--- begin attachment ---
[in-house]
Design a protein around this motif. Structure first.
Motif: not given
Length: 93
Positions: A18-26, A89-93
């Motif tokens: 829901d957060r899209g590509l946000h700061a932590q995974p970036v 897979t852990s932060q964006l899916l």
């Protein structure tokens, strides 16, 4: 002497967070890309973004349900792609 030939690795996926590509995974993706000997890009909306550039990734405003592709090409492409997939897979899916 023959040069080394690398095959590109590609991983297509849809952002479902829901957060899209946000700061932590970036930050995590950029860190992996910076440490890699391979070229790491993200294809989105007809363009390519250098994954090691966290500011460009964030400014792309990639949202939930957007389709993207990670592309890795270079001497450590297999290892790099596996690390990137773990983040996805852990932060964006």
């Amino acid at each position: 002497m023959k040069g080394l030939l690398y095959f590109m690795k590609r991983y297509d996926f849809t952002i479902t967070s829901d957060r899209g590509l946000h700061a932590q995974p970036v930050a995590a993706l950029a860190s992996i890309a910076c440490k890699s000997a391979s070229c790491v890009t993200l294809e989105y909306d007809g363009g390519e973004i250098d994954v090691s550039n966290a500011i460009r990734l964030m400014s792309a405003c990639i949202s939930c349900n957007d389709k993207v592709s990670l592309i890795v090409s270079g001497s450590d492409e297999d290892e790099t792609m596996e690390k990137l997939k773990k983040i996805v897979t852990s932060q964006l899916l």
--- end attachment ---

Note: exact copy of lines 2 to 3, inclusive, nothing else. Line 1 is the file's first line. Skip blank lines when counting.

Design a protein around this motif. Structure first.
Motif: not given